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Today we are also going to review a single-varietal mencía wine from the little known Bierzo wine growing area – a small rural region in the north-western corner of Castilla y León in Spain – Pago de Valdoneje Mencía 2019 by Vinos Valtuille. Mencía is a red grape variety grown widely in north-western Spain, especially in Bierzo, which makes quite perfumed and relatively light-bodied red wines. It contains high amounts of aroma compounds called terpenoids, which brings up lovely floral flavours and ripe, red fruits notes. This particular wine is made of grapes that are sourced from 85 years-old vines that are grown on clay and sandy soils, made without the use of oak, as the wine has only been aged for 2 months in the bottle before being released on the market – a wine that has been also awarded 91+ Parker points in 2019. That said, without further ado, let’s take a look at the wine tasting results.
Take a look at the tasting notes below and our detailed assessment of the wine:
fruit profile: red fruits | black fruits | blue fruits
__red fruits: sour cherry
__black fruits: blackberry
__blue fruits: blue plum | blueberry | honeyberry
fruit character: ripe
non fruit: floral | animal | earth | other
__floral: hints of violets
__animal: capocollo | veal | leather | carpaccio | barnyard
__earth: earth dust | black soil | compost | hints of truffles
__other: capers | brown olives
body: round & full-bodied
__dominant: alcohol & acidity
fruit profile: blue fruits
fruit character: ripe
non fruit: animal
aftertaste: velvety & bitter-crisp
maturity: on the rise | close to its prime
verdict: great | a must try
This is definitely a great wine of Spain and, with a total of 93.1 points scored, this wine is right there, among the best wines we’ve rated so far. Check our complete database on the wine rating page, where you can find all the wines that we have tasted and reviewed or go to the about us page and find out more about our exquisite rating system.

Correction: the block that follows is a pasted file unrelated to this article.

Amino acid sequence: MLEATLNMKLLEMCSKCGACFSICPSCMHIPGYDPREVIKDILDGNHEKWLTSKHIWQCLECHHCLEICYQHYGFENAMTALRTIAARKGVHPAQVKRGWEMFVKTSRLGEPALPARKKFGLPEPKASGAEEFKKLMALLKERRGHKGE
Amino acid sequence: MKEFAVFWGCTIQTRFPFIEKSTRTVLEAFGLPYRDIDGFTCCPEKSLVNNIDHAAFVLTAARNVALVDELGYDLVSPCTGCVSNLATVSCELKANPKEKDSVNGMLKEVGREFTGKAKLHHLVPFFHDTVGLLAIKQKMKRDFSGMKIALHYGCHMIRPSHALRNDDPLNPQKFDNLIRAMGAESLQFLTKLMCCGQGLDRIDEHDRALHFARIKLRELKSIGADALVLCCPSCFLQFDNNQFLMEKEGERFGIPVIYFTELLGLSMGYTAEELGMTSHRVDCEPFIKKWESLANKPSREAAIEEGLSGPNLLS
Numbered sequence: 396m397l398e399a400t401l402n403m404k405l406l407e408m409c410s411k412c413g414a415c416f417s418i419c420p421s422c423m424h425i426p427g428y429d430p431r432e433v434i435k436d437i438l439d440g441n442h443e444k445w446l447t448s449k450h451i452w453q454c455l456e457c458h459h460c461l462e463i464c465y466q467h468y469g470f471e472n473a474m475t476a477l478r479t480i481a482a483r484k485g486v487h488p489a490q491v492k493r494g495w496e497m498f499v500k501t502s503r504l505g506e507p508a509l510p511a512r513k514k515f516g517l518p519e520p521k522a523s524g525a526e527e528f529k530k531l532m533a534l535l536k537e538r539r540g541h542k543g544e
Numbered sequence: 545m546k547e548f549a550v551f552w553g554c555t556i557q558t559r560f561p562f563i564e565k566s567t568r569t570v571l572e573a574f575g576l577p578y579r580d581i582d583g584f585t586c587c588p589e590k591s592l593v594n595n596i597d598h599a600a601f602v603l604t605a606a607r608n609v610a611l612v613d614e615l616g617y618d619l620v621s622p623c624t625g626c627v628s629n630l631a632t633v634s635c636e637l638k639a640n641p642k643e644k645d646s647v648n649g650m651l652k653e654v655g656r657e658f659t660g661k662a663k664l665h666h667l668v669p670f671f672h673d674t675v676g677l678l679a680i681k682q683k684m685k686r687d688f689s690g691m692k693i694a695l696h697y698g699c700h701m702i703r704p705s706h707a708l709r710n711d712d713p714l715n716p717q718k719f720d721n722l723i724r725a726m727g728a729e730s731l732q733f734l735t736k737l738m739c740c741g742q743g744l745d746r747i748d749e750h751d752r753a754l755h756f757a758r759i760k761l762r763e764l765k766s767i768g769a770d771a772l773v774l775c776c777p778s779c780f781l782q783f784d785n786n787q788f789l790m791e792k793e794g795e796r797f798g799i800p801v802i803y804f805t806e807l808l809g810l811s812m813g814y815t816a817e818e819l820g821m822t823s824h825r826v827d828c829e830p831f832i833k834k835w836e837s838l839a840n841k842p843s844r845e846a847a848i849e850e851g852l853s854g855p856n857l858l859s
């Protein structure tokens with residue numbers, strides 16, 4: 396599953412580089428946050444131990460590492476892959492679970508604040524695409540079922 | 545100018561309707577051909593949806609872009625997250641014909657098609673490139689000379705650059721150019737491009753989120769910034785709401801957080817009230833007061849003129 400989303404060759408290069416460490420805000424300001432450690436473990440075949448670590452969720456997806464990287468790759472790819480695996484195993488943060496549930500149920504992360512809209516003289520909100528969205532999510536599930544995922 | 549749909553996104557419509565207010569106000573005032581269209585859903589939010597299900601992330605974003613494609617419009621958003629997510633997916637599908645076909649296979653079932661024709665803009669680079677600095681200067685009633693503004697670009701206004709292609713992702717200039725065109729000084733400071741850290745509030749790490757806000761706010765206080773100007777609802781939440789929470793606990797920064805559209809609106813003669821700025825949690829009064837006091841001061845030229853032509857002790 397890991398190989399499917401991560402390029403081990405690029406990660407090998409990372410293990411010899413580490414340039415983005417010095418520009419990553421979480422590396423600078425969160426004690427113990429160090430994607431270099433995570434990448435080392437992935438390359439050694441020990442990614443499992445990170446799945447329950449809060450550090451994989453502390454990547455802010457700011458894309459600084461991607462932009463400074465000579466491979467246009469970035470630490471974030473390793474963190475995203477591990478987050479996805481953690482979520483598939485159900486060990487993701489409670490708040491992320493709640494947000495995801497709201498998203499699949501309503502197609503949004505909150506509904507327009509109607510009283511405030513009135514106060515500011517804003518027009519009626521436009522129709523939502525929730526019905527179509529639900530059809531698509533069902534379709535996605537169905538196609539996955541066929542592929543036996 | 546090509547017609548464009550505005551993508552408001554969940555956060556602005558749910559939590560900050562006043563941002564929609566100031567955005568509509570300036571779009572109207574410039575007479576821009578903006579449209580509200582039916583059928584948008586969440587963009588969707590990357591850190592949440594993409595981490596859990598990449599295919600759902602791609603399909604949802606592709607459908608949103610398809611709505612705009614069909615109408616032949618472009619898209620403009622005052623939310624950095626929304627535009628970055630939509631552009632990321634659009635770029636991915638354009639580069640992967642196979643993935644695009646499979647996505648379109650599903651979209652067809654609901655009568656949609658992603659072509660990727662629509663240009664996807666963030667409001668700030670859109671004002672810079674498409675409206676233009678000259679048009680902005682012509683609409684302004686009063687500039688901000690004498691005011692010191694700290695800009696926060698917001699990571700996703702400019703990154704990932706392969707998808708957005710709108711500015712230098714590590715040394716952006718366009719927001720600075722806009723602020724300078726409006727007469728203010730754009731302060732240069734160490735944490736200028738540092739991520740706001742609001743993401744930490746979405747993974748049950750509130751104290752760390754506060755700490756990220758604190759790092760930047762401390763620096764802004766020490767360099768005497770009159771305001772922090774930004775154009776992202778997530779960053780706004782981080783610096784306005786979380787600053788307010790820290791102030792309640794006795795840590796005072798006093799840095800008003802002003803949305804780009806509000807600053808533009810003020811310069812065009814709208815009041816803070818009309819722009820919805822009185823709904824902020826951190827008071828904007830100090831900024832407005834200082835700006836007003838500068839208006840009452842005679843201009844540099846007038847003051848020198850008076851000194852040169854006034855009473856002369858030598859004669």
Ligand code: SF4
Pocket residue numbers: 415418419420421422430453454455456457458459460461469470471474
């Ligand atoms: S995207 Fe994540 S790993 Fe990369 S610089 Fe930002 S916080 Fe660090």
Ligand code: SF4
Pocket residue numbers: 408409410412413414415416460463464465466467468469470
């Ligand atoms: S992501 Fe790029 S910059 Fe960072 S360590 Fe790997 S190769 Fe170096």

Verdict: this is definitely one of the finest wines we’ve tasted so far – round, supple and firm, with a nuanced fruity-savory profile, grippy tannins, mouth-watering acidity and just a touch of alcoholic warmth on the mouthfeel. The wine tastes bitter-crisp, expressive and tannic, with a full body and some nuanced crispness towards the end of the palate. All in all, this is a complex and well structured wine, with a very promising future – a wine that is very close to its prime form, therefore one that still needs 2 or 3 more years to round up and develop. Drink now through 2024, but if you decide to store it for longer, just make sure not to overdo it, as it is of paramount importance to understand a wine’s limits: once the wine starts its decline (to lose fruit and flavour at such a rate that acidity and/or tannins start to dominate the plate, making the wine taste sharp and rough), there will be no way back. We often say that it is always better to drink a wine a year too soon than a day too late. What we have here is a wine that has both, distinctive personality and the footprint of the Bierzo terroir – a very noble and extremely appealing wine that delivers a mixture of nuanced gamey-savory flavours, ripe blue fruits alongside some subtle hints of violets and truffle. All in all, this is a wine that is is mixing power with finesse, with some promises of future elegance. We’ve definitely enjoyed it to the last sip.
© The WineStatistics ratings are based solely on our own knowledge of the world of wine and on our personal wine tastes, which may, or may not, differ from yours – the reader. Just remember that there are no absolutes of right and wrong in wine appreciation.